Are you tired of sorting through hundreds or thousands of pages of requirements documents? It’s a common problem for developers managing complex projects. Requirements may be stored in lengthy Word or Excel documents or spread out across multiple software platforms. This makes it difficult or even impossible to keep track of all the requirements.
In an agile business, requirements are not static; they need to be adapted over the course of development. It’s crucial to keep track of status and progress, make adjustments, and manage changes, and you can’t do that efficiently with spreadsheets. Standalone requirements management software may also be lacking for teams working in Jira and Confluence, as it’s unclear how the Jira tasks are related to the requirements.
When the majority of your developers are using Jira and Confluence, it’s best to choose a tool that allows you to manage requirements directly where they’re working. You can use native Jira features for basic requirements management and select an app to meet complex needs.
There are several apps available on the Marketplace to meet various business needs. Keep reading to learn the key features to look for when selecting a tool.
Must-Haves for Agile Requirements Management Tools
To manage the development of multiple, complex projects, there are several features every business using Jira and Confluence should look for.
#1 | Direct Requirements Management in Confluence
First of all, you’ll want a tool that allows you to manage requirements in Confluence as well as in Jira. Some requirements management apps are only for Jira. While it may seem convenient to track requirements there as that’s where the related tasks are logged, you won’t have proper documentation of the requirements in the long run. It’s best to use Confluence as a base and integrate it with Jira.
Documenting your requirements in Confluence provides a single source of truth, whereas Jira issues will change and are easy to lose track of. If you’ve been storing your requirements in Word or Excel documents or not putting them in a document at all, it might seem like a massive task to get started, but an app can help with that too! You’ll want to select a tool that can automatically number requirements and link them to relevant Jira issues.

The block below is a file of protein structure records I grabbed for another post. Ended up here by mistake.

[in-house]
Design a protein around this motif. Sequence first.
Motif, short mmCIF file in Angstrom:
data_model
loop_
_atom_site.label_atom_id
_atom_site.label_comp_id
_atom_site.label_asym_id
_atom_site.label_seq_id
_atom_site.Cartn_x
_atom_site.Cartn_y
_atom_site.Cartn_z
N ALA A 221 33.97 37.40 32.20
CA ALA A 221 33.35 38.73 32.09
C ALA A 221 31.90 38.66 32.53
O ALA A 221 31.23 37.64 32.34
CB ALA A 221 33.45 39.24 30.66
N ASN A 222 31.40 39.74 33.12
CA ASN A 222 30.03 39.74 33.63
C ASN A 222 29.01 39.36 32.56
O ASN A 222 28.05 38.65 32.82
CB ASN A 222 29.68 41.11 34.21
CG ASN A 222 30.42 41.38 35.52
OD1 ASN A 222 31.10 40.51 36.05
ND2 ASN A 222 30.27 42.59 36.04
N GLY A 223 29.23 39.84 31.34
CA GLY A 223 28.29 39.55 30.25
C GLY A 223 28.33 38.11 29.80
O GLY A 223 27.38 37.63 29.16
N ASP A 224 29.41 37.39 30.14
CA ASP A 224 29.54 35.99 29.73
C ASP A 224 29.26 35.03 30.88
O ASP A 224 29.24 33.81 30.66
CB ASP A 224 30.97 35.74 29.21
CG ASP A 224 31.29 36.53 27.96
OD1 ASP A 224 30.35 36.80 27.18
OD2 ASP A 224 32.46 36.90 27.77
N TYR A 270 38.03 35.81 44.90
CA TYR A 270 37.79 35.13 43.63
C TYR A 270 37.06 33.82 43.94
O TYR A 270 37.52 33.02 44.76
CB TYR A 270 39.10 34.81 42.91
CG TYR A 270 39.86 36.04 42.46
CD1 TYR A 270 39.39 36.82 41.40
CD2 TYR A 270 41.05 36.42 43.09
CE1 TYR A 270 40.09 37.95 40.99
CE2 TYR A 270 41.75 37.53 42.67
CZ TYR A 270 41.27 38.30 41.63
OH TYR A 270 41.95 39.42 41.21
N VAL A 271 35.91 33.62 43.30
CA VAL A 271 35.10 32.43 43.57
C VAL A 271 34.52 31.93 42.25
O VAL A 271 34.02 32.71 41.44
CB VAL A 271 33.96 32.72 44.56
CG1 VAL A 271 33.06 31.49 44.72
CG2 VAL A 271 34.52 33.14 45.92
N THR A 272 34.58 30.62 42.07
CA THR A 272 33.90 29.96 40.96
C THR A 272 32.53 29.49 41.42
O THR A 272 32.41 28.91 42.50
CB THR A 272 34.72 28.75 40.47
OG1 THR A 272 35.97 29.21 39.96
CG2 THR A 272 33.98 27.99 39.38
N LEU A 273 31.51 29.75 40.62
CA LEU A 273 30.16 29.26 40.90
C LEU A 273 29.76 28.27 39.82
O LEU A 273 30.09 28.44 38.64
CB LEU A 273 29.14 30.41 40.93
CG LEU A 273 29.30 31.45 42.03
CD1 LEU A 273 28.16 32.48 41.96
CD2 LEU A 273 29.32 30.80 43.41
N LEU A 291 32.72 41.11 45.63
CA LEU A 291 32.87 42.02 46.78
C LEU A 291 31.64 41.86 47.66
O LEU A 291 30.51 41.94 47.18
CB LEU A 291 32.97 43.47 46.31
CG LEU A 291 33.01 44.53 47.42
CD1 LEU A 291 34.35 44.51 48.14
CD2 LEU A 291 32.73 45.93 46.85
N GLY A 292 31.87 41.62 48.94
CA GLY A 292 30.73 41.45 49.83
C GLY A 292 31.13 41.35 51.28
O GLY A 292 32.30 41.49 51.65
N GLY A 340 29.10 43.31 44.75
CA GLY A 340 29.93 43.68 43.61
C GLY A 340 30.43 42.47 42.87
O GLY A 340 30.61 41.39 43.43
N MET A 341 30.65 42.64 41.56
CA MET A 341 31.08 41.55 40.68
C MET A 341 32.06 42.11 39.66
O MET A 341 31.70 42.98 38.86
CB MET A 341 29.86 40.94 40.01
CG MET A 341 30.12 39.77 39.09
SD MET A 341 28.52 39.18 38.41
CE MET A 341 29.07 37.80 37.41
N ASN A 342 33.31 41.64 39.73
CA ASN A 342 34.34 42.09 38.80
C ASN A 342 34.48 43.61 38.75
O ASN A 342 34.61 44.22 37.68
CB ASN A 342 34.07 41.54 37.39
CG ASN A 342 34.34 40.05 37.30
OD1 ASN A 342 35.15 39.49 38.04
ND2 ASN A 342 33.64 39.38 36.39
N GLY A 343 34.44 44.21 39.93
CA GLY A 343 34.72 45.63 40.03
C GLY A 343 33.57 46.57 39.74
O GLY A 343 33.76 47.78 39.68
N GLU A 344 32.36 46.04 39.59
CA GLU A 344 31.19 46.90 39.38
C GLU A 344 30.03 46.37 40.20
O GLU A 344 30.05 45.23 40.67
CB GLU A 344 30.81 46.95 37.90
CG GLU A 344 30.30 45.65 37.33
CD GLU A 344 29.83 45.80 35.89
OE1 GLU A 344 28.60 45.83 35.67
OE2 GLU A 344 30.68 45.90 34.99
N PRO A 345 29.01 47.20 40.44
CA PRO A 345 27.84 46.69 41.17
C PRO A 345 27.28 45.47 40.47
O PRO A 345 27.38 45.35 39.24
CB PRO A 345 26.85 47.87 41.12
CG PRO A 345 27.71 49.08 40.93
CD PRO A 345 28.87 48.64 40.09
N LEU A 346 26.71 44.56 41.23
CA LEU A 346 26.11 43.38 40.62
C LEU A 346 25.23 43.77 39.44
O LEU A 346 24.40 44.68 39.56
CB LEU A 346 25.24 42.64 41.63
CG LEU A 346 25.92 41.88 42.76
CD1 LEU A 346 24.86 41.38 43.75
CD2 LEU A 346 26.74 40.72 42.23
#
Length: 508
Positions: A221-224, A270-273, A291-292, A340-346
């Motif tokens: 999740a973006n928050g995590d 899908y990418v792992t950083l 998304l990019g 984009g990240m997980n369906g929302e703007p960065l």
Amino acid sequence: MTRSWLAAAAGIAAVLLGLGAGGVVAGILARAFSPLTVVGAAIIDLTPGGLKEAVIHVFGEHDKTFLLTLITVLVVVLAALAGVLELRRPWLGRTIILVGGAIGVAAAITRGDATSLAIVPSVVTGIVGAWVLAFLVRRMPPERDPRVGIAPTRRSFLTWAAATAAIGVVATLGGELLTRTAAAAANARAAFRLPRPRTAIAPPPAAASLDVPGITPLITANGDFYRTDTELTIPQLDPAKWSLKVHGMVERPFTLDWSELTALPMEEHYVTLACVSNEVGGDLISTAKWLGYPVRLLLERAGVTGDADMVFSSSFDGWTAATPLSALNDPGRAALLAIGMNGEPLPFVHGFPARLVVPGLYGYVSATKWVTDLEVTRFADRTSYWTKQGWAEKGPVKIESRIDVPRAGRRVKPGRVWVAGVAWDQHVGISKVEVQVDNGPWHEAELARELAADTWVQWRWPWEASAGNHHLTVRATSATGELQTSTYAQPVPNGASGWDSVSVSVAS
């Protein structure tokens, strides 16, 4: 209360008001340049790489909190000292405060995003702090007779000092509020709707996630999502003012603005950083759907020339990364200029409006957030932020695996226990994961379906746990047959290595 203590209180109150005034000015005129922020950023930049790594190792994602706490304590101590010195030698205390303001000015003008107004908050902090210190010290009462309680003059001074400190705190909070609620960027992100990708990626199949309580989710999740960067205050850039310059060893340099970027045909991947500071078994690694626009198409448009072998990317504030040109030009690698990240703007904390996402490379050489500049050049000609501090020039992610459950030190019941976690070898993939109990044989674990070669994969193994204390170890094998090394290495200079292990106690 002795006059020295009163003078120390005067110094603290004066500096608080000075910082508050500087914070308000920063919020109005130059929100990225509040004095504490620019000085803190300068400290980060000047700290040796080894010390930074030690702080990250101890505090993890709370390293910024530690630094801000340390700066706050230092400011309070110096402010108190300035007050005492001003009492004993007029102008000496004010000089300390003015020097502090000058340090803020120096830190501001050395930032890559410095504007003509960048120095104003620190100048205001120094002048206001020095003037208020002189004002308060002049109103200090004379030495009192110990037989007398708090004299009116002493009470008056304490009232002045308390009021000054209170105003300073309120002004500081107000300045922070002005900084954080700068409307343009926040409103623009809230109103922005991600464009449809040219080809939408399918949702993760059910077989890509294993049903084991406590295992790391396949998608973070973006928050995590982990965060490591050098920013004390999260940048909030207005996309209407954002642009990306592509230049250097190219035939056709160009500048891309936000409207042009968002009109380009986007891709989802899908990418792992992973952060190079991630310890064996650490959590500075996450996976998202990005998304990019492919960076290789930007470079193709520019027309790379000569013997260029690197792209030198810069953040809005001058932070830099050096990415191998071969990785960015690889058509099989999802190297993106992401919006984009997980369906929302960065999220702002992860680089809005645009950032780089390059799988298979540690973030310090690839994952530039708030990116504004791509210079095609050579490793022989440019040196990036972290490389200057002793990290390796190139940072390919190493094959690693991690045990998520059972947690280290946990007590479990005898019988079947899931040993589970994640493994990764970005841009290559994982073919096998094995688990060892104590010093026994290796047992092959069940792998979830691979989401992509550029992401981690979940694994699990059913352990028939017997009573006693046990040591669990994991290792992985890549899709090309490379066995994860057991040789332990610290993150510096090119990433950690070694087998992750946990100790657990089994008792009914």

For example, with Requirement Yogi, you can write your requirements freeform in Confluence and automatically number them.
#2 | Differentiation of Multiple Variants of a Requirement
Requirements change over time, and you’ll want to make sure to keep track of these changes from beginning to end. If any problems arise, you can check previous versions and find out if anything has been overlooked or if it’s best to revert to the original version.
To see how requirements have progressed and evolved, a best practice is to set baselines at regular intervals as agreed upon by stakeholders. A requirements management tool should allow you to save a snapshot of your requirements as a baseline and make comparisons between baselines along the course of development.
In addition, if you’re working on a software project, the requirements for different versions may be quite similar. You’ll want to keep these from getting confused with one another and be able to compare them.
#3 | Traceability
Being able to trace your project from end to end is key, documenting the entire process from call-for-bids to specifications to Jira issues to Git commits to tests. An ideal tool facilitates traceability across Confluence and Jira so you can track the initial specifications laid out in Confluence as well as monitor the related Jira issues.